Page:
There's nothing like the taste of homegrown tomatoes. Regular grocery store produce sections have red globe-shaped vegetables that look like tomatoes, but they taste nothing like the real thing grown in your own garden.
The same truth applies to most vegetables in grocery stores that are shipped in from faraway places or other countries. Unless you make regular trips to a farmer's market or roadside vegetable stand, the only way to get that home-grown taste is to plant your own garden at home.
Those substances may make the vegetables look better and last longer, but they can dramatically affect the nutritional value and definitely the taste.
You may think that seaweed would be soggy and difficult to work with, but you only have to rinse it off. Pile it in a stack on your driveway or sidewalk, where the water runoff will not affect your yard or garden. Leave it there for few weeks so the rain will wash it thoroughly and you can add it to your compost heap or into the garden soil in the fall.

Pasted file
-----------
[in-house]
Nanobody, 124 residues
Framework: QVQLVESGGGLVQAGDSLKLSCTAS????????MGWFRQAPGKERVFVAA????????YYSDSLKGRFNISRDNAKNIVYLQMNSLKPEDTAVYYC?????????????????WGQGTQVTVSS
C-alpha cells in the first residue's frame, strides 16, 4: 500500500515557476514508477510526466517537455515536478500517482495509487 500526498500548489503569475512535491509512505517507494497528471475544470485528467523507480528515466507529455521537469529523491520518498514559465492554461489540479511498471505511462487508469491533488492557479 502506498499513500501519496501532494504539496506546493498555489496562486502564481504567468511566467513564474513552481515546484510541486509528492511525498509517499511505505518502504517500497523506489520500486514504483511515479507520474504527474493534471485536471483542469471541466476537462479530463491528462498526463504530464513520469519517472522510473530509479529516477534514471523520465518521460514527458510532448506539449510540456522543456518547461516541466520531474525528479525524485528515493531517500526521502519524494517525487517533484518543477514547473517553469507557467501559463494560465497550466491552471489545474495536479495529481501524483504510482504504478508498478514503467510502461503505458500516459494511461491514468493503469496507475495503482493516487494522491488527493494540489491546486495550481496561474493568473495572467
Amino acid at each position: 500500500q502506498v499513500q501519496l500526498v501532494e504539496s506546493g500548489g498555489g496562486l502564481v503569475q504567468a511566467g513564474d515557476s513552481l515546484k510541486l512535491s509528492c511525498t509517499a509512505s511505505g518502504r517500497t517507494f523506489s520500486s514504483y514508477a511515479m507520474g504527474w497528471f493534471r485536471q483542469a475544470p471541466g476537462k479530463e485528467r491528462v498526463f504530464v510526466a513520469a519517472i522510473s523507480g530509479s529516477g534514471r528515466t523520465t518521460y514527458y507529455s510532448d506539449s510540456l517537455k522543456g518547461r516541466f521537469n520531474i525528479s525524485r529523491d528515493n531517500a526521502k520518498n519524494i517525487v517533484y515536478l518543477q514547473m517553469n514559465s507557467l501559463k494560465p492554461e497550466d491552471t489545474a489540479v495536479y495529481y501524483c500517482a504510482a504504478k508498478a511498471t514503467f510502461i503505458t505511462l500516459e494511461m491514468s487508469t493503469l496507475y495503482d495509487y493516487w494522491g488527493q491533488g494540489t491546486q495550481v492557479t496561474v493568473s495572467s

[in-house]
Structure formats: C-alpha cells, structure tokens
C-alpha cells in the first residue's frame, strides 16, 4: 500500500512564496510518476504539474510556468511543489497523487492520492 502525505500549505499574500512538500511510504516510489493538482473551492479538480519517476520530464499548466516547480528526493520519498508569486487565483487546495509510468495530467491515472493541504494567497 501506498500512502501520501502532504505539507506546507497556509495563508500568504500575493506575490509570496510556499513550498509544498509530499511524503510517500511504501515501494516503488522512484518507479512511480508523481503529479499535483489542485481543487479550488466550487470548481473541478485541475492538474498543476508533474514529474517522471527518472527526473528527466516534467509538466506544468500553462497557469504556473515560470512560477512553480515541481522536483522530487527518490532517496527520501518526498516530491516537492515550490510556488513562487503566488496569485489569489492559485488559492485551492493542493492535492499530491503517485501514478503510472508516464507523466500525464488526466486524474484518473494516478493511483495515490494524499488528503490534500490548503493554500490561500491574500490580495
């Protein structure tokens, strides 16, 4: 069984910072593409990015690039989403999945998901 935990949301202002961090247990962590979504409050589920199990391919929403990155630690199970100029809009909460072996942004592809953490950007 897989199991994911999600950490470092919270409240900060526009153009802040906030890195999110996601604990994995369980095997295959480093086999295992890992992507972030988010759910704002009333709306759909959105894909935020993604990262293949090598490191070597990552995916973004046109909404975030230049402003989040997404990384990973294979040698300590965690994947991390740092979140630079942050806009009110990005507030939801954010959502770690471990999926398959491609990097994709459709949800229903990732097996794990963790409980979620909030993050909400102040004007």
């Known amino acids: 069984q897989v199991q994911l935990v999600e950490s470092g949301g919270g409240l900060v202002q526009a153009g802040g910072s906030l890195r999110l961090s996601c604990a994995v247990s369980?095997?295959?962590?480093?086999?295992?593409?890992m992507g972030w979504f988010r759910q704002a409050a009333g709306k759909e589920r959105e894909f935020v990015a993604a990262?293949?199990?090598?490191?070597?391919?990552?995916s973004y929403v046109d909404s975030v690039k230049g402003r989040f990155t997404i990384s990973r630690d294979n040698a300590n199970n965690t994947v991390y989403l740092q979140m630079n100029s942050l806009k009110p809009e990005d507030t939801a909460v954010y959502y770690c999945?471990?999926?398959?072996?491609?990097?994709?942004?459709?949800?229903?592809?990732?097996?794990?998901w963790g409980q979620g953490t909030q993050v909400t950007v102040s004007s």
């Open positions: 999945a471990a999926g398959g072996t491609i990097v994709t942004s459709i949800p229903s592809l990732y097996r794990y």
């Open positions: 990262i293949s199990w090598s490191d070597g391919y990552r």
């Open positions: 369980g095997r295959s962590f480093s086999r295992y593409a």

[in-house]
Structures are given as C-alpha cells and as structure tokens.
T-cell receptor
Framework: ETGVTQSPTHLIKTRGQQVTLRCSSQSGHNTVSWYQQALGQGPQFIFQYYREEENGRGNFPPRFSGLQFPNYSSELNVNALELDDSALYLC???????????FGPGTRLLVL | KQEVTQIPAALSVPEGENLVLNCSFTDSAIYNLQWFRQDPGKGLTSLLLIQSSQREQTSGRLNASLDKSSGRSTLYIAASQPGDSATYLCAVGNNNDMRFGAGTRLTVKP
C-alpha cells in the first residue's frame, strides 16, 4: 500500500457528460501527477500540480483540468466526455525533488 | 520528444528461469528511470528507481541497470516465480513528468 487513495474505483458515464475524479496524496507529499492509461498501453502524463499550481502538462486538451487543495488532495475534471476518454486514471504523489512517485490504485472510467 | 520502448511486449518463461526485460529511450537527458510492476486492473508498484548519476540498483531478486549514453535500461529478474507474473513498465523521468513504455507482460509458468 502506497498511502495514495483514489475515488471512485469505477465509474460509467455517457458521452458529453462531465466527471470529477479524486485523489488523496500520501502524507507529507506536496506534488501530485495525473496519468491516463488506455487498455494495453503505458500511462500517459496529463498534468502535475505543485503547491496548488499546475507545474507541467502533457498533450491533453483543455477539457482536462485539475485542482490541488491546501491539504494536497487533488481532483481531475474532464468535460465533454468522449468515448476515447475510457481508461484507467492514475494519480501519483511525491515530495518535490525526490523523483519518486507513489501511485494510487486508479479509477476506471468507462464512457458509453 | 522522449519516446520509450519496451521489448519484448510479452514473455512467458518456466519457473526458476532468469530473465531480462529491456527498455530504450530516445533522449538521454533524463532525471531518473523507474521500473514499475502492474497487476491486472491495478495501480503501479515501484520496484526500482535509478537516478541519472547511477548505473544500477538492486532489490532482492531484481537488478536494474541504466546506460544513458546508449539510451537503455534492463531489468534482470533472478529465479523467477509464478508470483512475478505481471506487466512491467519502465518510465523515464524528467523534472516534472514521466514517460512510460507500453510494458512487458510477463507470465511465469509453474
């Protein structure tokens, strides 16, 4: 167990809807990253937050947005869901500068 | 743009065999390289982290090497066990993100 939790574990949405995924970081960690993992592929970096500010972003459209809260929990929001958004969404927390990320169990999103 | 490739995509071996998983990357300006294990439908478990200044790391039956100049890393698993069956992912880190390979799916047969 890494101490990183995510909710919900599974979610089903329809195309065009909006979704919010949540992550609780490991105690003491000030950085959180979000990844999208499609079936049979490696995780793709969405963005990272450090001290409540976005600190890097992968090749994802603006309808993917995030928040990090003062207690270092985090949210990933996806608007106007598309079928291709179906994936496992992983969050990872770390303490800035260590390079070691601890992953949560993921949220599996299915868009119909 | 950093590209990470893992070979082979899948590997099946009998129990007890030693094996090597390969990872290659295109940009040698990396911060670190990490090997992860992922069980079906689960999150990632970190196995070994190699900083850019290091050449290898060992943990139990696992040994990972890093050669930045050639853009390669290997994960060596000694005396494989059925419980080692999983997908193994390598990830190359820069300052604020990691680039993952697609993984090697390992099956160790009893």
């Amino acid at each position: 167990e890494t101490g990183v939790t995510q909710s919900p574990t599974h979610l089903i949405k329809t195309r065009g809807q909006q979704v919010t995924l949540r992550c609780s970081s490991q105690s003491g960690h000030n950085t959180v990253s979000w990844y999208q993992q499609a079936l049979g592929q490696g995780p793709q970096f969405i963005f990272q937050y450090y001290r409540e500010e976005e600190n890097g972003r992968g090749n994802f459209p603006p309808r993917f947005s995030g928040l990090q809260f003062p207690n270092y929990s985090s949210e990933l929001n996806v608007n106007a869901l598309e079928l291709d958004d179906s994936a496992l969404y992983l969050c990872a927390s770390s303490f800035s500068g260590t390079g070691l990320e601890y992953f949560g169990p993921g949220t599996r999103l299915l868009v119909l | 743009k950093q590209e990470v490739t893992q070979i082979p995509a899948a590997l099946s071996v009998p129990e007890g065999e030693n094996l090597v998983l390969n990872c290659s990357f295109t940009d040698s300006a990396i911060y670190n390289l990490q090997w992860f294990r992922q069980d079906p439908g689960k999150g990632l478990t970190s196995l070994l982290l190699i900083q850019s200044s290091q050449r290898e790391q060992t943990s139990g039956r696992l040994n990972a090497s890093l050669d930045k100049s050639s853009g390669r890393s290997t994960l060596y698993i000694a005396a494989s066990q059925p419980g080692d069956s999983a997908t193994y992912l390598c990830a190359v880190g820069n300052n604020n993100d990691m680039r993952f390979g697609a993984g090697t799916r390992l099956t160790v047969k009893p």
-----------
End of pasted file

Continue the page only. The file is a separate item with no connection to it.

Three or four weeks before planting in the spring, simply turn the winter crop over by digging it into the soil. As the plants decompose, they become a fertilizer for the next crop by adding humus to the soil.
If you are careful to mix compost and home-grown organic fertilizers, you will be able to customize your garden beds specifically for the vegetables and flowers you're growing. One of the best things you can do to ensure that your soil is exactly what you want it to be, you can have it tested.
Soil tests are available from a state agricultural university, if there is one in your area, or you can get one from a local Cooperative Extension office. The results of a soil test will tell you exactly what you need to do to fertilize your soil and add whatever trace elements are necessary.